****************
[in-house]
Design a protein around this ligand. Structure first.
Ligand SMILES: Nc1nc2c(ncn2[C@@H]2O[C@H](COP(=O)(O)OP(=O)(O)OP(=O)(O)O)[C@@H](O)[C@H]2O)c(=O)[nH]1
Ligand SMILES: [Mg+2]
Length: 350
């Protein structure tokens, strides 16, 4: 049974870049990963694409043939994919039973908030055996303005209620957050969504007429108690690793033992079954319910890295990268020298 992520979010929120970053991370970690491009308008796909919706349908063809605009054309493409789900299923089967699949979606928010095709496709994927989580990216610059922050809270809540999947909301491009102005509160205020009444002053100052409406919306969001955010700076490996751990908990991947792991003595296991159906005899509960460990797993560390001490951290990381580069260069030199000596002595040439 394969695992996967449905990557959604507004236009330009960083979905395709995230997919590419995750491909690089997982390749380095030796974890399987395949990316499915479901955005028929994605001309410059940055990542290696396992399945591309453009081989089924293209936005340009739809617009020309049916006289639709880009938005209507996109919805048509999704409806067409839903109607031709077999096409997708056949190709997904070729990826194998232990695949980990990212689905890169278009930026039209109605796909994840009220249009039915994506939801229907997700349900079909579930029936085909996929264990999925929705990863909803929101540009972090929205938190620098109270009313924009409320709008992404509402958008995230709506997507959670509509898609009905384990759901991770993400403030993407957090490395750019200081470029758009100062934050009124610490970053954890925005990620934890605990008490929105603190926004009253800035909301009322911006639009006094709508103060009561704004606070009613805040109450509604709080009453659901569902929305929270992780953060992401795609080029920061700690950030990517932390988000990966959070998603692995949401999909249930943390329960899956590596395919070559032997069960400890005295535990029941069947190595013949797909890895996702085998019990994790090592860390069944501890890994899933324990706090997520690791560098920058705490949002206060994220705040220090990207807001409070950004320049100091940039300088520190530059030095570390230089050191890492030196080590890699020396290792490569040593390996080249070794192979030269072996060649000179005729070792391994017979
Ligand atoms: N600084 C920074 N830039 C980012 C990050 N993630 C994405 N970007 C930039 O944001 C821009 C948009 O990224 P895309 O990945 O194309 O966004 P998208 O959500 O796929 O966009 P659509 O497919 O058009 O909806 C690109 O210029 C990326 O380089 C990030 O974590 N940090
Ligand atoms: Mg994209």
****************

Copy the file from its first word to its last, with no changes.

[in-house]
Design a protein around this ligand. Structure first.
Ligand SMILES: Nc1nc2c(ncn2[C@@H]2O[C@H](COP(=O)(O)OP(=O)(O)OP(=O)(O)O)[C@@H](O)[C@H]2O)c(=O)[nH]1
Ligand SMILES: [Mg+2]
Length: 350
């Protein structure tokens, strides 16, 4: 049974870049990963694409043939994919039973908030055996303005209620957050969504007429108690690793033992079954319910890295990268020298 992520979010929120970053991370970690491009308008796909919706349908063809605009054309493409789900299923089967699949979606928010095709496709994927989580990216610059922050809270809540999947909301491009102005509160205020009444002053100052409406919306969001955010700076490996751990908990991947792991003595296991159906005899509960460990797993560390001490951290990381580069260069030199000596002595040439 394969695992996967449905990557959604507004236009330009960083979905395709995230997919590419995750491909690089997982390749380095030796974890399987395949990316499915479901955005028929994605001309410059940055990542290696396992399945591309453009081989089924293209936005340009739809617009020309049916006289639709880009938005209507996109919805048509999704409806067409839903109607031709077999096409997708056949190709997904070729990826194998232990695949980990990212689905890169278009930026039209109605796909994840009220249009039915994506939801229907997700349900079909579930029936085909996929264990999925929705990863909803929101540009972090929205938190620098109270009313924009409320709008992404509402958008995230709506997507959670509509898609009905384990759901991770993400403030993407957090490395750019200081470029758009100062934050009124610490970053954890925005990620934890605990008490929105603190926004009253800035909301009322911006639009006094709508103060009561704004606070009613805040109450509604709080009453659901569902929305929270992780953060992401795609080029920061700690950030990517932390988000990966959070998603692995949401999909249930943390329960899956590596395919070559032997069960400890005295535990029941069947190595013949797909890895996702085998019990994790090592860390069944501890890994899933324990706090997520690791560098920058705490949002206060994220705040220090990207807001409070950004320049100091940039300088520190530059030095570390230089050191890492030196080590890699020396290792490569040593390996080249070794192979030269072996060649000179005729070792391994017979
Ligand atoms: N600084 C920074 N830039 C980012 C990050 N993630 C994405 N970007 C930039 O944001 C821009 C948009 O990224 P895309 O990945 O194309 O966004 P998208 O959500 O796929 O966009 P659509 O497919 O058009 O909806 C690109 O210029 C990326 O380089 C990030 O974590 N940090
Ligand atoms: Mg994209």